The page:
Harry Crews is enjoying a bit of a moment right now, albeit posthumously. The boozing, brawling, menacing raconteur, who taught creative writing at the University of Florida for 40-plus years before dying in 2012, is the subject of a jaw-dropping new biography by Valdosta State University professor Ted Geltner, highlighting Crews’ brutal childhood and hell-raising adulthood.
But ’round these parts, Crews started enjoying his own renaissance in 2014, when Jon Reinersten and Mike Collins of revered Gainesville alt-country band Whiskey & Co. founded the Follow the Sun Fest. The concept was simple, but simply brilliant: Start in St. Augustine with a grip of good shows on a Friday, party down in Gainesville all day and night on Saturday, and end the long weekend with a Sunday blowout in Cedar Key. The inspiration? A quotation from Crews’ essay, “Why I Live Where I Live,” published in 1982 in the book Florida Frenzy and excerpted here:
“I can leave the place where I live a couple of hours before daylight and be on a deserted little strip of sand called Crescent Beach in time to throw a piece of meat on a fire and then, in a few minutes, lie back sucking on a vodka bottle and chewing on a hunk of bloody beef while the sun lifts out of the Atlantic … If all that starts to pall – and what doesn’t start to pall? – I can leave the beach and in three hours be out on the end of a dock, sitting in the Captain’s Table [in Cedar Key] eating hearts-of-palm salad and hot boiled shrimp and sipping on a tall, icy glass of beer while the sun I saw lift out of the Atlantic that morning sinks into the warm, waveless Gulf of Mexico. It makes for a hell of a day.”
Collins tells Folio Weekly Magazine that he just wanted to find a new way to do a music festival based on the feeling they got from reading those words. “And Harry Crews inspired it.” For Reinersten, who’s been driving over from Gainesville to St. Augustine for years to soak up the saltwater vibe and jam with local luminary Jacob Hamilton, Follow the Sun is all about embracing the singular North Florida life that he and his many friends feel blessed to lead. “It all starts with the beautiful drive,” Reinersten says. “I’ve never done it and said, ‘Oh, God!’ It’s always easy to feel so connected to the region when you’re driving between St. Augustine, Gainesville, and Cedar Key. And the people in those places are all awesome.”
After two years of bootstrap DIY vibes, this year Follow the Sun Fest gets a new injection of energy on Memorial Day weekend. First, Friday shows in the Oldest City kick off on St. Augustine Amphitheatre’s Backyard Stage, as cultish Arizona slop-rockers Supersuckers headline, with support from Colorado alt-country favorites Drag the River, Baltimore indie rockers Outer Spaces, Charlotte crooners Saints & Sinners, and Gainesville’s Ann Pragg. The party then moves to old standby Shanghai Nobby’s, where local heroes Rivernecks, Kenny & The Jets, Sunshine State, and Mental Boy cut loose.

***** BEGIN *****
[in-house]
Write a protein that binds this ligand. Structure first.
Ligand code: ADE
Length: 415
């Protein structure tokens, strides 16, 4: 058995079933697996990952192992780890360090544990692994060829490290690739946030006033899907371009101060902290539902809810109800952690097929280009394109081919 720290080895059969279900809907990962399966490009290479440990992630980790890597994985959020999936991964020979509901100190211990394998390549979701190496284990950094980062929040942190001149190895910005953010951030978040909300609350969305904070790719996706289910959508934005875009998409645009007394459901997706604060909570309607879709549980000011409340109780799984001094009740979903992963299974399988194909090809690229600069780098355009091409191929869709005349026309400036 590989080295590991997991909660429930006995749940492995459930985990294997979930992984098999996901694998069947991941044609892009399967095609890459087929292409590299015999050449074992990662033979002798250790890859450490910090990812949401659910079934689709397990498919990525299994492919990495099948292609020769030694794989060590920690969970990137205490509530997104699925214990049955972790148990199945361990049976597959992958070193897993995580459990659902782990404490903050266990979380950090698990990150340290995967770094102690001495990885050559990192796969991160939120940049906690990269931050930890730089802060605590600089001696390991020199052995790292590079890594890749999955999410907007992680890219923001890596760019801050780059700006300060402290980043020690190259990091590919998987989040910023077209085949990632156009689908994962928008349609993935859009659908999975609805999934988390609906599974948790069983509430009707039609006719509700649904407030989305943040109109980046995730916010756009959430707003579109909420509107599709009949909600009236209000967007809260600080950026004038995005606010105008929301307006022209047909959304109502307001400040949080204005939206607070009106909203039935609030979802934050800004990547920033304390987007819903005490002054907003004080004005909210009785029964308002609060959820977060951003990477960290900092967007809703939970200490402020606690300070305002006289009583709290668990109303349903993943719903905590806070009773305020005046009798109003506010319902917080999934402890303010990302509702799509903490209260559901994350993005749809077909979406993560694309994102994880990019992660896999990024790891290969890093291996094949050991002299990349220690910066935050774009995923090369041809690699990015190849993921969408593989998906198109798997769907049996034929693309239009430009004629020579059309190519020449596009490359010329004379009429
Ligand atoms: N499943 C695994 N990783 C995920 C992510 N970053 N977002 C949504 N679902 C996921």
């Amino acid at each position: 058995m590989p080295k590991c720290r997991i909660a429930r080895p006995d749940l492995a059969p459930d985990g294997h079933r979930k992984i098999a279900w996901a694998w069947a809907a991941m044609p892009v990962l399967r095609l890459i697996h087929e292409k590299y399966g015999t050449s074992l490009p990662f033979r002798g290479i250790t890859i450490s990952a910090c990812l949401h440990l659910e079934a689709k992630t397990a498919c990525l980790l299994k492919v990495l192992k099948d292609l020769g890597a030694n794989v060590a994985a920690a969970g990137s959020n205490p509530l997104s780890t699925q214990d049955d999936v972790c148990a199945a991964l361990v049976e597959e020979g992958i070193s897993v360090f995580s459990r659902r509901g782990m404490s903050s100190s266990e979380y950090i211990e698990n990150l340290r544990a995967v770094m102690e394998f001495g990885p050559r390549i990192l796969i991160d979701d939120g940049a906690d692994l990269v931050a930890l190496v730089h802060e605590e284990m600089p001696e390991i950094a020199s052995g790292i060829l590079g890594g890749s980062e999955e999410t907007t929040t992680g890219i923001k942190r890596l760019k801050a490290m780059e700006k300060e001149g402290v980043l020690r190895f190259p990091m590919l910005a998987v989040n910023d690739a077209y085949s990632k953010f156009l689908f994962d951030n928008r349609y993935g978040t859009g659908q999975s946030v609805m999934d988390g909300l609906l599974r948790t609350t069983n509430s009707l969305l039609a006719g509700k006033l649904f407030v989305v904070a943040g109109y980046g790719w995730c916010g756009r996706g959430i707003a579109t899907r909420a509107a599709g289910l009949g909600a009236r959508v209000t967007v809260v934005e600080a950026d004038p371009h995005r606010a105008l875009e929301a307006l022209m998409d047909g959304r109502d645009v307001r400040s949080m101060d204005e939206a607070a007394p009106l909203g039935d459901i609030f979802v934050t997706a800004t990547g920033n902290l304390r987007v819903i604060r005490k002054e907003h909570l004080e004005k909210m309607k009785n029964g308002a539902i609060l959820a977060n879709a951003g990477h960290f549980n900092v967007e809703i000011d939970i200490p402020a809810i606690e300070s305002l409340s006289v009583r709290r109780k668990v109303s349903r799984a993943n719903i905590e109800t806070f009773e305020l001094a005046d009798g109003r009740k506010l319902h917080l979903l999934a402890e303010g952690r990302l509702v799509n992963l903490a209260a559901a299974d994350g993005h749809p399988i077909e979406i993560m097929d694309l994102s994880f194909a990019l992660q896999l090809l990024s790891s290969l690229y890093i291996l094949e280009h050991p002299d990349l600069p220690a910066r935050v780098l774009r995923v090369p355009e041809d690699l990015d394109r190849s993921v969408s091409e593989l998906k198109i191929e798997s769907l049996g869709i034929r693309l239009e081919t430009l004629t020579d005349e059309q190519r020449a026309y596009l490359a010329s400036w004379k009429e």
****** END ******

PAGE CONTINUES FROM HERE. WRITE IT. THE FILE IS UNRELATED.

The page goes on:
On the docket in Gainesville for Saturday are two sets of shows: a matinee at Boca Fiesta featuring two G-Vegas favorites, The Enablers and Endless Pools, then the main event at The Atlantic with repeat performances by several top bands. And then we land in weird, wonderful Cedar Key, with a full day of performances by more bands than we can list here, at Black Dog and the newly renovated 83 West.
“Cedar Key rules,” Reinersten says. “It almost takes you back to a different time. We’ve got 20 bands playing throughout the day – acoustic stuff at Black Dog and harder rock at 83 West – and in addition to all the friends we bring, the locals there are starting to catch on. They’re so used to Jimmy Buffett and Toby Keith and Top 40 covers, but Follow the Sun is becoming a big deal for them and they’re itching for original rock.” Collins adds, “A lot of bands that play the festival are, like, ‘We’re going where? Cedar Key?’ And we’re, like, ‘Trust us on this one – you’re going to have a blast.’”
Ticket prices for Follow the Sun are ridiculously low: $40 for a three-day pass, with most venues offering single-day admission for $5. Reinersten and Collins both say that’s possible only because of the collective efforts of their like-minded friends and volunteers, all of whom have chipped in to organically build Follow the Sun from the ground up. And rumor has it there may be an even bigger treat in store. Supposedly, Ted Geltner himself might even show up to read from his Harry Crews biography, Blood, Bone, & Marrow, bringing the whole thing to a satisfying full circle.
“It’s so nice to see people understand what we’re doing,” Reinersten says. “It’s all about taking pride in North Florida and embracing what we have here. That and just having a good time.”